than during the preceding 
week, establishing another new 
high record. The receipts of 
cotton increased seasonally and 
were much larger than at this 
lime last year. Receipts of 
cattle at primary markets were 
snuiller and thyse of liogs 
greater than a year ago. rtw 
distribution of comniiMiiiirs. 
Ihrough primary channels, as 
indicated by freight-car load- 
ings were slightly less than 
during the previous week but 
were substantially higher lliaii 
at this time last year. 

The general index of w liole- 
sale prices showed a further 
decline from the preceding 
week and was three per cent 
lower than in the same pei'iod 
of 1928. Cotton prices coii- 
tiiuied to rise but were slightly 
lower than a year ago. Prices 
for iron and steel were un- 
changed from the previous 
week but were higher than at 
this time last year. Hank loans 
anil discounts were the same 
as during the previous week 
and were considerably greater 
than a year ago. Interest rates 
on time fnnils showed no 
change from the previous week, 
while those on call moiie.v de- 
clined, call llliiiiey rates also 
being lower than at this lime 
last year. The I'eileral riMive 
ratio was higher than for eilhi'r 



Ihe pi 



till 



rioil 



1928. 

I'riees lor stocks eontiniied to 
rise, establishing another new 
high level during the week, 
while bond prices eonlliined to 
decline. Iluslness filllures were 
sliKhlly more numerous Hum in 
either the previous week oi llie 
Mime period of 1928. 



Do you know that —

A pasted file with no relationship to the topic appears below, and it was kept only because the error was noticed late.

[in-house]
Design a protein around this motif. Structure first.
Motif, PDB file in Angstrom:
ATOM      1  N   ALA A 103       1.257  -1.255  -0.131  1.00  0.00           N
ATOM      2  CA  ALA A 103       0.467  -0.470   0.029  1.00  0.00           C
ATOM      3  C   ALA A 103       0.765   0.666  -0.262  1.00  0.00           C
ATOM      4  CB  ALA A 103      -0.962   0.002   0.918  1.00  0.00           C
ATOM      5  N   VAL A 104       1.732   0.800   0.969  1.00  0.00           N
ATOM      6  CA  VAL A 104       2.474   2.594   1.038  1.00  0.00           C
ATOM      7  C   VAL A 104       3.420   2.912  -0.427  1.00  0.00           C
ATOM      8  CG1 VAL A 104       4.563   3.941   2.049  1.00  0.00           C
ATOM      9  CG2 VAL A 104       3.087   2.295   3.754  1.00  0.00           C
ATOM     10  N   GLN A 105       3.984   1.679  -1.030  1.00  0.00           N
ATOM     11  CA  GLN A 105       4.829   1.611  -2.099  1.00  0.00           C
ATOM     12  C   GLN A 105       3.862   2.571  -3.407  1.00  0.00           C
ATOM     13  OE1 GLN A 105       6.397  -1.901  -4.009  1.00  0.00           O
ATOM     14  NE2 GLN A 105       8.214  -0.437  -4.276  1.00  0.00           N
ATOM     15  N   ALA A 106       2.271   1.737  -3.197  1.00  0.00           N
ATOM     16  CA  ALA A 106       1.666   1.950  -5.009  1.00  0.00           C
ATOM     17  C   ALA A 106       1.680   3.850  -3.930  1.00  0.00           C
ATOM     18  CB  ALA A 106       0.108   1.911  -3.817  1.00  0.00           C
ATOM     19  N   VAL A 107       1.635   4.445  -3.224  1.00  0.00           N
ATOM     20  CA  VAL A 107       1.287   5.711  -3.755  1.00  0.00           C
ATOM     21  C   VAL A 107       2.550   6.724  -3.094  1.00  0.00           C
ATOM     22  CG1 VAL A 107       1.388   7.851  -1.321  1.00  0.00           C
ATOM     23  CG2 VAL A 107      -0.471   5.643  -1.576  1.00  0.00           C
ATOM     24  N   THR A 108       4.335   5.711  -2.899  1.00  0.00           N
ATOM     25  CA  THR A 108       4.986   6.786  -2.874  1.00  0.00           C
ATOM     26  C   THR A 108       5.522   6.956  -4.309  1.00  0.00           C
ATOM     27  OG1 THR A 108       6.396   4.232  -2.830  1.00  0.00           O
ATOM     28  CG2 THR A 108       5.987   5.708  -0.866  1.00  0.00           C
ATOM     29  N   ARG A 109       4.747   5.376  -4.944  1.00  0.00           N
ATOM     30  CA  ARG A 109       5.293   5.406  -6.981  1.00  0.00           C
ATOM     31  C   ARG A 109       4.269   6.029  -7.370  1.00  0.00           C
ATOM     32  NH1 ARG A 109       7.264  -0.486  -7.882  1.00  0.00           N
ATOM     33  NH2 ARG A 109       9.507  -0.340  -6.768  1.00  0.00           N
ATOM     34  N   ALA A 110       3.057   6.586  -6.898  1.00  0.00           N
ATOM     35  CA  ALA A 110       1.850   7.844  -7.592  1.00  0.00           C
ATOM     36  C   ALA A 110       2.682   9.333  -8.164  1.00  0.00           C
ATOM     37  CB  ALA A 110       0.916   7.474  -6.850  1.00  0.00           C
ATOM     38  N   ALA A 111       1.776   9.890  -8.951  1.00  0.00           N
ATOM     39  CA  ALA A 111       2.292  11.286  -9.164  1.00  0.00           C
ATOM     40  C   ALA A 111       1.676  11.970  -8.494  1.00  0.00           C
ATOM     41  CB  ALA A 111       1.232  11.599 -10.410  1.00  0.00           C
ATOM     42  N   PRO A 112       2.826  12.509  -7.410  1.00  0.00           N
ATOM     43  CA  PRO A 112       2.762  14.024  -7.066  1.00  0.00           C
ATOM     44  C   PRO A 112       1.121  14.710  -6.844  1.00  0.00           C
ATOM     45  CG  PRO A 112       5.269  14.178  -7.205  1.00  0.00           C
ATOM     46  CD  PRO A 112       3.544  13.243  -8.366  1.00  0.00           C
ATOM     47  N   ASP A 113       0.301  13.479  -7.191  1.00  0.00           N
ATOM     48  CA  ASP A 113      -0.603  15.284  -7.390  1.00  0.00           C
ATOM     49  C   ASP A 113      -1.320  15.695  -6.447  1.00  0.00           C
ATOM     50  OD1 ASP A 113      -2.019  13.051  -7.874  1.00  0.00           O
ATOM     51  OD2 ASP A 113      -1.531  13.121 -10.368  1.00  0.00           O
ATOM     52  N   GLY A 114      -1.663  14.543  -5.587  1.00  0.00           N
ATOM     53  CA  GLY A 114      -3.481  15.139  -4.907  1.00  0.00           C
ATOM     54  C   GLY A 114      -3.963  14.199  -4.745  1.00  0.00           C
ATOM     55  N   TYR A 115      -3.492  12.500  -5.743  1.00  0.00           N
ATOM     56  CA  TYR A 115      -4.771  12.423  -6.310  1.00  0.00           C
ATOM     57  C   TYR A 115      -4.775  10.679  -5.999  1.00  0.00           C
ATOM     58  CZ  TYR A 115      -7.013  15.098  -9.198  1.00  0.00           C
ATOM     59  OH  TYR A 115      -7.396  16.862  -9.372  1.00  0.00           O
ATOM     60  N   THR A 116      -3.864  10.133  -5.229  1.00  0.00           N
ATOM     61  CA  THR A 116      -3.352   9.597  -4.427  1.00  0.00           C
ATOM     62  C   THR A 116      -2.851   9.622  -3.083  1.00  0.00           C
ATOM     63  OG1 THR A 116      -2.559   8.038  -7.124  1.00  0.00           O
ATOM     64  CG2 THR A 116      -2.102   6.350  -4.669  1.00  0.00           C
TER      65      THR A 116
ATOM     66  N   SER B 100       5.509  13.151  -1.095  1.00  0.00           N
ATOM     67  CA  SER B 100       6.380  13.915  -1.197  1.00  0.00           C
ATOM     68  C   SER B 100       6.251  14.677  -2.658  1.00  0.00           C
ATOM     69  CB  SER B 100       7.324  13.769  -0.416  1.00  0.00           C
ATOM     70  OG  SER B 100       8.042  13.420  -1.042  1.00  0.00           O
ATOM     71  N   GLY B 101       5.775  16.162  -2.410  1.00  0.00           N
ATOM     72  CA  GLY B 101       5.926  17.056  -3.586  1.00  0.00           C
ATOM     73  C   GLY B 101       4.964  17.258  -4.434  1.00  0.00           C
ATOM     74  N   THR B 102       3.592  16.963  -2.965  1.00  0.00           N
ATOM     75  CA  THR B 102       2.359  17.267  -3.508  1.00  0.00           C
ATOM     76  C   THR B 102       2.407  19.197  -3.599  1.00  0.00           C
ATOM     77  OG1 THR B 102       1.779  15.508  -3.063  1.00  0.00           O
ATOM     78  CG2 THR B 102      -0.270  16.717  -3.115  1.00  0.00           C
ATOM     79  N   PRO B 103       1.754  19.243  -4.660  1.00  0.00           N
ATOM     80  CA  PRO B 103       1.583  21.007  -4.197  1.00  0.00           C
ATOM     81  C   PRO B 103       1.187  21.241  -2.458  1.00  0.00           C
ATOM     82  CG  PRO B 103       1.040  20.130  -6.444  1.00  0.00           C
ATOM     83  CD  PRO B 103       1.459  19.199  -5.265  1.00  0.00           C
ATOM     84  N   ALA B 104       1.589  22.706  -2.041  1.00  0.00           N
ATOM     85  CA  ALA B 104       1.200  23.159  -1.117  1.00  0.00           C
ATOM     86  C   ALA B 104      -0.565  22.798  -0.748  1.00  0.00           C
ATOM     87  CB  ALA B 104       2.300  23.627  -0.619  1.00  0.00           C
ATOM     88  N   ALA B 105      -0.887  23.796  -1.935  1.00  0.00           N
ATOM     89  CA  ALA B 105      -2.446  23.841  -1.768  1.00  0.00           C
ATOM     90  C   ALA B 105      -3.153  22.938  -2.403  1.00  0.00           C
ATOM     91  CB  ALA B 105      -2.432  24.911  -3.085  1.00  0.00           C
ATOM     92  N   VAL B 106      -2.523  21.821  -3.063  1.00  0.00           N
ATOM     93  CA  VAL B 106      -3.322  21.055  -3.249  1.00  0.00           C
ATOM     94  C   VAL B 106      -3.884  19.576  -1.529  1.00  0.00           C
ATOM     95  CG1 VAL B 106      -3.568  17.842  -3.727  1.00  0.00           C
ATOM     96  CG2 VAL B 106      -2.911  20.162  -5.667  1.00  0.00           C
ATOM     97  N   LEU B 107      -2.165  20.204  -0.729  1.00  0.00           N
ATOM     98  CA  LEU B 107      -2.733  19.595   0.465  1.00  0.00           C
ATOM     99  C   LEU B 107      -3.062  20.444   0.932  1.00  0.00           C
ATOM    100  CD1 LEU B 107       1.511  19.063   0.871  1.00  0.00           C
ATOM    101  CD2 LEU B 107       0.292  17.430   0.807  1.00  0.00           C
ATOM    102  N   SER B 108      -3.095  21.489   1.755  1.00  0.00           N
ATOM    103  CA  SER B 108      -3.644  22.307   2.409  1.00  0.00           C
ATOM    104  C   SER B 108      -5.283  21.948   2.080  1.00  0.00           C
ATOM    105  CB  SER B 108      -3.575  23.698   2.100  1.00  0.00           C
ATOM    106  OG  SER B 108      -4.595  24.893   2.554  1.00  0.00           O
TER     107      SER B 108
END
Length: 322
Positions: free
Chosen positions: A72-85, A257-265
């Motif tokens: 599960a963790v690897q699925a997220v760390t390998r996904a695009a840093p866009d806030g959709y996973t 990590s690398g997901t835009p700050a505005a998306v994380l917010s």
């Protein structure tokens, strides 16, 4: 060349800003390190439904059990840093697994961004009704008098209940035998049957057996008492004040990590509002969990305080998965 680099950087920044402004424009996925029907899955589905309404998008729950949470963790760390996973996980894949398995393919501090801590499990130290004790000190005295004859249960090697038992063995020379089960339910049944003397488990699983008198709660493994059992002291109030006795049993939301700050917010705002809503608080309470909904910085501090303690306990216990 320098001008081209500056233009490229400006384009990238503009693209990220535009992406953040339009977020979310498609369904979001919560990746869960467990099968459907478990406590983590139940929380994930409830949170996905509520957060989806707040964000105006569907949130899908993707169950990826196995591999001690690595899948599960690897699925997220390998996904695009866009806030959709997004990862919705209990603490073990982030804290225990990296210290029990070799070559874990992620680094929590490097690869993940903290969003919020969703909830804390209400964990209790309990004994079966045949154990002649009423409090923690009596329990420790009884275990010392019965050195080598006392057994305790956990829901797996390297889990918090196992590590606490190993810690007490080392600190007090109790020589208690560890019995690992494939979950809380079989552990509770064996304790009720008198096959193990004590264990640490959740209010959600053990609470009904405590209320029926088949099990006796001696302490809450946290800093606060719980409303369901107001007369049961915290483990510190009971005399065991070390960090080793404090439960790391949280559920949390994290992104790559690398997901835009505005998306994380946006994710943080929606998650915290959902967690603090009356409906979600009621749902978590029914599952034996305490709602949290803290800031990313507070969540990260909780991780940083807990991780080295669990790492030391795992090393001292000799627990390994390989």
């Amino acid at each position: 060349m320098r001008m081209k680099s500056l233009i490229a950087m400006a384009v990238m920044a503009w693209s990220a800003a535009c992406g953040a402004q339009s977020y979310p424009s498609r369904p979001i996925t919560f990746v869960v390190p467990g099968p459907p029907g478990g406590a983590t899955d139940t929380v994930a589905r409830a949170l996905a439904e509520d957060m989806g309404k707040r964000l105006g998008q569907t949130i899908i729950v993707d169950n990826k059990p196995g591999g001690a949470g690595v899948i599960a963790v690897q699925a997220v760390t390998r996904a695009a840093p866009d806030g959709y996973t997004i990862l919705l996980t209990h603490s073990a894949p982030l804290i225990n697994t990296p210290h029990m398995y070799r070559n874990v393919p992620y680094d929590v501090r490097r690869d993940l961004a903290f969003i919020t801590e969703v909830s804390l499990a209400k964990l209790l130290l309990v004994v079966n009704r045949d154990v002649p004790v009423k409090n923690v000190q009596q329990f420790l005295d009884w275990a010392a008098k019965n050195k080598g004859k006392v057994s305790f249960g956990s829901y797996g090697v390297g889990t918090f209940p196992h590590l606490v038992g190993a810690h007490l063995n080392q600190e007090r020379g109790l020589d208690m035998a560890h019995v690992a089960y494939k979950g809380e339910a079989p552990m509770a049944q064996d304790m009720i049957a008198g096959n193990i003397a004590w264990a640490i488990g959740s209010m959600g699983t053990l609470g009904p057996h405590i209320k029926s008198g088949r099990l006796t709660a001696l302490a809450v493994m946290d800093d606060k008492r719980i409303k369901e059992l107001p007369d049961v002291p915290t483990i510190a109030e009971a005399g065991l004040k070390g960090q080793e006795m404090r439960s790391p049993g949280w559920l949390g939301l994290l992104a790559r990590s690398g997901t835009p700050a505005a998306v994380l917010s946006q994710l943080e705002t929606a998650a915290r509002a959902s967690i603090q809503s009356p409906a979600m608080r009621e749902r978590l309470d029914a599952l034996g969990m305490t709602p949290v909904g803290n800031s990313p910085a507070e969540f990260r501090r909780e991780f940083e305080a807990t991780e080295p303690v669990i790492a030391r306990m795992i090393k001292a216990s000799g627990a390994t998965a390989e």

In 171,.-, a society for Ihe en- 
."iirageiiient of imimiraeliires 
was esliiblislied in New York. 

* * ♦ 

III 1813 Hussla ofiered to 
mediiite lor peace between llic 
I lilted States and Ijigland. 

♦ * ♦ 

riie .\i)li-Salooii League win 
lonnded at Oberlln, Ohio, in 
I.S93. 



/'itt out your camp lire 
and save our forests! 



SAN FRANClbCU 

BUSIN ESS 

September 11, 19 29 




Close that deal first 

. . . with a 

RADIOGRAM 

Use modern tools to meet modern com- 
petition. Radiograms afford the most 
direct means of communication to 
practically every point on earth. No 
relays. Hence, no wasted seconds . . . 
no chance for errors. For speed and 
accuracy mark your messages 




Oiiii/.<-,s/ II (n (.. (// Ihr U „rhl 



r Ui- Ka(li<>(:raiii> l<i llauuii. Jii|ian and llir I'ar 
i:asl at any KCA or W.-sHrii Union Olliic: l<> 
I'luropc, Afriru, Asia, (li'iitral and South Anu'i'ii'a 
at ain KCA or Postal 'lVlfj;ia|di .dll.r: oi plion,- 
till an l{(!A nicusciiger. 



K. C. A. C O M M U N I C A 1 I () N S, I N ( 



fficers of the San Fraticisco 
Chamber of Commerce^ 



Aimer M. Newhall 

Preiident 

L. O. Head 

Fint Vice-Preiident 

J. W. Mailliardjr. 

Second Vice-President 

Robert Newton Lynch 
Third Vice-President and Manager 

Albert E. Schwabacher 

Treasurer 

W. F. Benedia 

Assistant Manager and Comptroller 



'^oard of directors 



\. M. Adams A. M. Brown, Jr. 

R. D. Carpenter 

D. Collier Leland W. Cutler 

R. Stanley Dollar 

'. O. Head A. F. Hockenbeamer 

F. L. Lipman 
fee. P. McNear J. W. Mailliard, Jr.